OCEAN CITY — Residents from the island’s southern end filled the City Council meeting room Thursday night and demanded that they be included in a beach-replenishment project starting Saturday.
A replenishment scheduled prior to Hurricane Sandy will restore sand between Beach Road and 14th Street, and since the storm residents outside that northern area have clamored to be included as well.
The southern end of the island was one of the hardest hit areas in Cape May County. Waves pushed sand through the streets and homeowners had to dig to get in their homes.
Some sand was pushed back on the beaches, but much of it was eroded out to sea. Some people are worried they won’t have protection in the next storm. Others said they will have no beaches to enjoy this summer, and still other are concerned about losing renters.
“I don’t like paying for a beach tag and not being able to sit on the beach,” said homeowner Al Grohe.
All the seats in the meeting room were filled, and people lined up along the rear and side walls. More than a dozen property owners spoke publicly about their concerns and most of the room applauded the speakers.
“My wife and I have traveled all over the world and Corsons Inlet is one of the most beautiful places we've ever seen,” said resident Bill Stanwood, who said he is on the beach almost every day.
The city sent a letter in November to the Army Corps of Engineers requesting that it include the southern end of the island in its replenishment project. It is still negotiating that extension with the federal agency.
On the north end, the dredge will be replacing 1.8 million cubic yards of sand at a rate of more than 19,000 cubic yards a day.
The cost of the project prior to Sandy was $10.3 million, which is split between the federal government, state Department of Environmental Protection and the city. The supplemental sand to make up for what was lost during Sandy will cost $5.5 million, to be paid entirely by the federal government.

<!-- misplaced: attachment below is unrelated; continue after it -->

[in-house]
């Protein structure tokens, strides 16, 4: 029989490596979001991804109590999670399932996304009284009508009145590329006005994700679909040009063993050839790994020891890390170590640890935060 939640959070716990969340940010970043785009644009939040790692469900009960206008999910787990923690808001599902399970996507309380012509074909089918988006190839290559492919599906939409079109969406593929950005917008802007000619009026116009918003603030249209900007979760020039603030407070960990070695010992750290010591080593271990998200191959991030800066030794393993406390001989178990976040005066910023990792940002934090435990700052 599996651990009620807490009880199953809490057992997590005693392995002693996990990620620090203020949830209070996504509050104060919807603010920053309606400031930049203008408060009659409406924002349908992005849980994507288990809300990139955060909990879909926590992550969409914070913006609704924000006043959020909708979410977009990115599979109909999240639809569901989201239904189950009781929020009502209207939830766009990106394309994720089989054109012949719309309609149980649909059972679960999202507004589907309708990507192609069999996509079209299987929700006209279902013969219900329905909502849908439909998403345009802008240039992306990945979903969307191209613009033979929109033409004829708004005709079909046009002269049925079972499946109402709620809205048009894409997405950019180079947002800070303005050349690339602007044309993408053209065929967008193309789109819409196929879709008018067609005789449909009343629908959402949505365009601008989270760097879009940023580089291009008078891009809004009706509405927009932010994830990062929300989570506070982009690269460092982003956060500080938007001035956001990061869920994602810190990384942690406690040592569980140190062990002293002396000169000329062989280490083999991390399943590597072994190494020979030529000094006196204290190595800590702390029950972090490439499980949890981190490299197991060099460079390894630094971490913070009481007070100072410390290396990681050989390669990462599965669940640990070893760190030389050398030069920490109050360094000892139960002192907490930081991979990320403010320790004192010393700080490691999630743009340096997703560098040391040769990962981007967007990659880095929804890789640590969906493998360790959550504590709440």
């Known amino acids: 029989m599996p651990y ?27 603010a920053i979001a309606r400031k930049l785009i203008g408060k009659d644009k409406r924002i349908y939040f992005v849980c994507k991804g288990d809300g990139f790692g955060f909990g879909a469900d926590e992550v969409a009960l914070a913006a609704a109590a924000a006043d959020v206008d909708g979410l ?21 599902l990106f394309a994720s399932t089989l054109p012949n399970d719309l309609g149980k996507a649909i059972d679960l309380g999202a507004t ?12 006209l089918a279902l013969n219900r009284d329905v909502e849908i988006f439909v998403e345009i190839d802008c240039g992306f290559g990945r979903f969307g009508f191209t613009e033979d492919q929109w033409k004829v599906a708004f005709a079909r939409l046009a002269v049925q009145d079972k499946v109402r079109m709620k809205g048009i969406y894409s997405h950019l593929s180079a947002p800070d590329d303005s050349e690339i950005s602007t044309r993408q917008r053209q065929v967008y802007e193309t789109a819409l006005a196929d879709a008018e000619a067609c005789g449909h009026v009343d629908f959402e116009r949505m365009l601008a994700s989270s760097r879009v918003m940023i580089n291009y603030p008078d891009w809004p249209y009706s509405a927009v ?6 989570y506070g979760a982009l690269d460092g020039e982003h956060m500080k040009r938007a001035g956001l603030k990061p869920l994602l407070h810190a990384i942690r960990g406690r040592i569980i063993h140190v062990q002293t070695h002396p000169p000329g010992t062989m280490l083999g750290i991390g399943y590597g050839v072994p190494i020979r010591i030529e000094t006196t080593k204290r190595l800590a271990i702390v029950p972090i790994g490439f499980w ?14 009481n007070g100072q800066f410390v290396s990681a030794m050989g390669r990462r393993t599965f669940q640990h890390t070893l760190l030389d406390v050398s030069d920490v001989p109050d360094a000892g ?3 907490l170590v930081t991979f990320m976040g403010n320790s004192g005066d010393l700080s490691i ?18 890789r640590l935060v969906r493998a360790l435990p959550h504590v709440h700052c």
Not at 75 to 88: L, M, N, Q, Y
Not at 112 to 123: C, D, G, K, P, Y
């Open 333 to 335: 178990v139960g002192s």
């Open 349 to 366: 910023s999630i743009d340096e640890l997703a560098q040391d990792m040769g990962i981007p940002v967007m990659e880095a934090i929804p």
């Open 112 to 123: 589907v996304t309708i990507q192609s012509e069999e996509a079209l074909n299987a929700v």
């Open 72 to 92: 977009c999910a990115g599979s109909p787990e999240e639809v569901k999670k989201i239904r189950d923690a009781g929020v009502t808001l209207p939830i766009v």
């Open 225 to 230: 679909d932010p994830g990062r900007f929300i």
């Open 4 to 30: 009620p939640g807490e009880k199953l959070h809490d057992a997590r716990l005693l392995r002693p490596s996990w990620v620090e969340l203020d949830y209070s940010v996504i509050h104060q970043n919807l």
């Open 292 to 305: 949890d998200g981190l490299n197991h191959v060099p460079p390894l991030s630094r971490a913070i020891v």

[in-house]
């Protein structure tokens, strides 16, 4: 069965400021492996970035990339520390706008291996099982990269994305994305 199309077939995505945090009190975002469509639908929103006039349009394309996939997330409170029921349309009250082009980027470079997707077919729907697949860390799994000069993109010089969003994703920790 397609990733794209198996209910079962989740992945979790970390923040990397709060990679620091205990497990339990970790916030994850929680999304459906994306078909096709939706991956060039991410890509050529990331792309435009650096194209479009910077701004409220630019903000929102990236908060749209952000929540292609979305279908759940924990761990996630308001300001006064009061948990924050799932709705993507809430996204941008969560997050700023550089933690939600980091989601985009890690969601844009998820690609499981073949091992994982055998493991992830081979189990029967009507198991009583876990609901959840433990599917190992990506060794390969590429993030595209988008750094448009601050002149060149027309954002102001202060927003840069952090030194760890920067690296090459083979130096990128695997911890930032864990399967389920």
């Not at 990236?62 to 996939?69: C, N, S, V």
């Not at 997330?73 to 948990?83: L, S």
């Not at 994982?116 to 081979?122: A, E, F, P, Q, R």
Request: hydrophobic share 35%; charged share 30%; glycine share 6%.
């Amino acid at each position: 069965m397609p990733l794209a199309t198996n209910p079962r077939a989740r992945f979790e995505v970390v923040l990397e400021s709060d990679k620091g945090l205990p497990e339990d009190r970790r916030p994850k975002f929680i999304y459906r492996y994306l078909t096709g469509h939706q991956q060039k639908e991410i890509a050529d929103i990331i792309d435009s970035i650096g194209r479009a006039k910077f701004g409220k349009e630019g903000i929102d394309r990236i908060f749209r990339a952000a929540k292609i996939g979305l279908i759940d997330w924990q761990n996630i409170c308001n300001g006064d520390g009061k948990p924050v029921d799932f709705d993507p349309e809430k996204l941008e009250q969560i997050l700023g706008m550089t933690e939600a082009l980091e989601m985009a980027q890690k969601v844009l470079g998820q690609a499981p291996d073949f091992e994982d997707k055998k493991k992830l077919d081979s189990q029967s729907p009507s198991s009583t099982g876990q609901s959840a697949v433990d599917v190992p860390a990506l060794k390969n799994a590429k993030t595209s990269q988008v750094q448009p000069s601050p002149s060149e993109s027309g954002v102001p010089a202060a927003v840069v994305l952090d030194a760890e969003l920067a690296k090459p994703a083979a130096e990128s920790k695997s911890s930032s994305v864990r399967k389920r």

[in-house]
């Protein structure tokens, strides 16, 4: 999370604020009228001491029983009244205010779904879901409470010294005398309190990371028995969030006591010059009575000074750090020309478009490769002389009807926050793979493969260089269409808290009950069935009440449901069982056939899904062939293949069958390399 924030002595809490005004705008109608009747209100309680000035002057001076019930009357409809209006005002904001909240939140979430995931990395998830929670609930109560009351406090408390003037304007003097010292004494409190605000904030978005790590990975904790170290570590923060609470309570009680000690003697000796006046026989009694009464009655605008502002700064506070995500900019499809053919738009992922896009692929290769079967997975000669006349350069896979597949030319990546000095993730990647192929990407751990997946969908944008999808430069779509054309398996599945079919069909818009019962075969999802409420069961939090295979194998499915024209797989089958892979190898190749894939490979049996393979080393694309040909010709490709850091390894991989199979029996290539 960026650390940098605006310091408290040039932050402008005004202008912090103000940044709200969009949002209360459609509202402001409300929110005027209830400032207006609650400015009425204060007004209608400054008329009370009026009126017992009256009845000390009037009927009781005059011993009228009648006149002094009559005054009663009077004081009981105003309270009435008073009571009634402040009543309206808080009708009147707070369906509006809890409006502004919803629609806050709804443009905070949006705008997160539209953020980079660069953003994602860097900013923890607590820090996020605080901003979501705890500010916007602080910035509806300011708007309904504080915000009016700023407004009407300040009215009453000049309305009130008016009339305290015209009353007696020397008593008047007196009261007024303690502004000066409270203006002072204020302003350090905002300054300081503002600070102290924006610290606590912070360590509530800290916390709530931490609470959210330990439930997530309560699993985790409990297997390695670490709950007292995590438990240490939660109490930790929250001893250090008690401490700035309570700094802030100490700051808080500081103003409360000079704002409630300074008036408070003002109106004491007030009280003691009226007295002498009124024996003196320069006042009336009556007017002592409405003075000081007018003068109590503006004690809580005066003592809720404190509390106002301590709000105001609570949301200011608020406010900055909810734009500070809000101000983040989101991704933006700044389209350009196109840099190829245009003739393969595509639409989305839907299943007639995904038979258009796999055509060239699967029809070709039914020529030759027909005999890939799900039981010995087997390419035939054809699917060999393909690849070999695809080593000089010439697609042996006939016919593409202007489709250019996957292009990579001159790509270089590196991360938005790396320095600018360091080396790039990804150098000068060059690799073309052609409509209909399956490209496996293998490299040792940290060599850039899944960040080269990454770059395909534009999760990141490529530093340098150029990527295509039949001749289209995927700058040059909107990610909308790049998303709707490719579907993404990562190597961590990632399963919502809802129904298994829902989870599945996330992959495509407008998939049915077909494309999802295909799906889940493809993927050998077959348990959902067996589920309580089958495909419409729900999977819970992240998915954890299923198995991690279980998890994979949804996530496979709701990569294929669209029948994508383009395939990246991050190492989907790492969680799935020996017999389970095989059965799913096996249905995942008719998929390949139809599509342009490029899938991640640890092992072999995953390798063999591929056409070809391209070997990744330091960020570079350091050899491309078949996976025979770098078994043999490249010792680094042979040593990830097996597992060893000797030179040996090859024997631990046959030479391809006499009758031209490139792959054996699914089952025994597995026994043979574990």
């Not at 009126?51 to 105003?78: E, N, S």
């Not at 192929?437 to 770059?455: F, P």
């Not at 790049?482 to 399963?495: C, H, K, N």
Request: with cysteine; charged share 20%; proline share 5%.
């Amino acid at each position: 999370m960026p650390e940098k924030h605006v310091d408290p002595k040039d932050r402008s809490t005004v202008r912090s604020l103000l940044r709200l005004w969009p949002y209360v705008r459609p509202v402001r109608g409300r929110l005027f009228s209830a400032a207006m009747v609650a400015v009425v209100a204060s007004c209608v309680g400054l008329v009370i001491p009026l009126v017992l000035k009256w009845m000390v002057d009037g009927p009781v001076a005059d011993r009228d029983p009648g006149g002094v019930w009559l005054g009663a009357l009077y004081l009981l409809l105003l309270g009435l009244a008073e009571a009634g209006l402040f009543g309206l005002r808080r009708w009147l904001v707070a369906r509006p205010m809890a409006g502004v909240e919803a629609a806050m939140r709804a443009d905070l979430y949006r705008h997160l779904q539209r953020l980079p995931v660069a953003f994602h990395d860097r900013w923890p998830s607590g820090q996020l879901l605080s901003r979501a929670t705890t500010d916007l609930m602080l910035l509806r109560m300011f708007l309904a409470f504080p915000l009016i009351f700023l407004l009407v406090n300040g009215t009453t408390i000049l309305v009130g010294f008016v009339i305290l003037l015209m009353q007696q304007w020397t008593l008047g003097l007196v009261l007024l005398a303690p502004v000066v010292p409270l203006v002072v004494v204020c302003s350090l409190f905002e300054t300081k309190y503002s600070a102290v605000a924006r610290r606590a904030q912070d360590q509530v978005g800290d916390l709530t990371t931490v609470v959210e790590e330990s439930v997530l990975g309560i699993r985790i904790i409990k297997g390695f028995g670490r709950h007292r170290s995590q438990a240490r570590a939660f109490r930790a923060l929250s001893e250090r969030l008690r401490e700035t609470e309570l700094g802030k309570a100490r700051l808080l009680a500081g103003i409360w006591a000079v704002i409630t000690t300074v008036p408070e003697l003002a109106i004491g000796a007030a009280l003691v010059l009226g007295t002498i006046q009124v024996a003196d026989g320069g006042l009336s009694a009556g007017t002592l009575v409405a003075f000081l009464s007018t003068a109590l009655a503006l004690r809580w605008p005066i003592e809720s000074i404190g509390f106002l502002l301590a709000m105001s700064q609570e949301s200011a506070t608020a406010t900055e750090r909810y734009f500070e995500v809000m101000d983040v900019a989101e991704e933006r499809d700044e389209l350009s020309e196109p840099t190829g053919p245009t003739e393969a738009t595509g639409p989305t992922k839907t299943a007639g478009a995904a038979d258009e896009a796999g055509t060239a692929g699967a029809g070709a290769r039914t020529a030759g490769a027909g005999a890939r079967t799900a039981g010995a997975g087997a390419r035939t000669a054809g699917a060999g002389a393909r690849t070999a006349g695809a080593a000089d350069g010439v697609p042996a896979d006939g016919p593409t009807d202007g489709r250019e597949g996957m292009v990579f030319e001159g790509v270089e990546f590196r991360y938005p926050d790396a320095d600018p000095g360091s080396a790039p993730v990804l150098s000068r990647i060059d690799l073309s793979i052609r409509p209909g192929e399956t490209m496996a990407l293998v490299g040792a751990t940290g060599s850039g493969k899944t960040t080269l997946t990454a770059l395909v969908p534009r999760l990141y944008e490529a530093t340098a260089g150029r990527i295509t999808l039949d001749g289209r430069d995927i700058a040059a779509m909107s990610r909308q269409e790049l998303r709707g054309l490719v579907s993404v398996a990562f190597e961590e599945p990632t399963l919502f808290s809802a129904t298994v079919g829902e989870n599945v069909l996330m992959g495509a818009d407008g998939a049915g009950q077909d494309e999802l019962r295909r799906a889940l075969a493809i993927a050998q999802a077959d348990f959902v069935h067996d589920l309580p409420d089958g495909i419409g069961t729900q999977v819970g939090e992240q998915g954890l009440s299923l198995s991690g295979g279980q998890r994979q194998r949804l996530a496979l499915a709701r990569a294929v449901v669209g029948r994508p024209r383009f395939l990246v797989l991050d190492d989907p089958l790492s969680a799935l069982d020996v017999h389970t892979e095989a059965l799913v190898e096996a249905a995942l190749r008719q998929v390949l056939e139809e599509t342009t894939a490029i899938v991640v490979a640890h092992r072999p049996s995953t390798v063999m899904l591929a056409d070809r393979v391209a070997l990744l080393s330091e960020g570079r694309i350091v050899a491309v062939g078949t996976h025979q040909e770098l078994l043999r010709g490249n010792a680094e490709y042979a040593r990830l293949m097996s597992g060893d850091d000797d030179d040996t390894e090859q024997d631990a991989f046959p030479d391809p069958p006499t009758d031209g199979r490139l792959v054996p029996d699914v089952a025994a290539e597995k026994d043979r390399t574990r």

About $370,000 of the project cost will also go to repair stormwater outfall pipes. That portion will be split between the state and the city.
Knowing that, homeowners south of the approved area have asked why the dredge does not just replenish their beaches now while it’s here. The primary cost of a replenishment project is moving the dredge to the location because there are few dredge companies that operate on the East Coast.
“The best possible end right now is to keep that dredge here and fill our beaches,” said resident William Booth.
Mayor Jay Gillian promised he would do everything he legally could to re-nourish those beaches, but stressed that the city is bound by state and federal regulations. The possibility of endangered migrating piping plovers landing on one portion of the beach in the southern end is one issue.
“When it comes to the DEP and the Army Corps, they are the two groups of people you do not want to mess with,” he said.
Business Administrator Mike Dattilo said the city has been working on the situation daily. He said the goal for years has been to include the southern end in a recurring schedule of replenishments along with the north end.
While he said he did not expect an imminent decision, he also said there have been some positive discussions recently.
“We have very, very encouraging signs,” he said.
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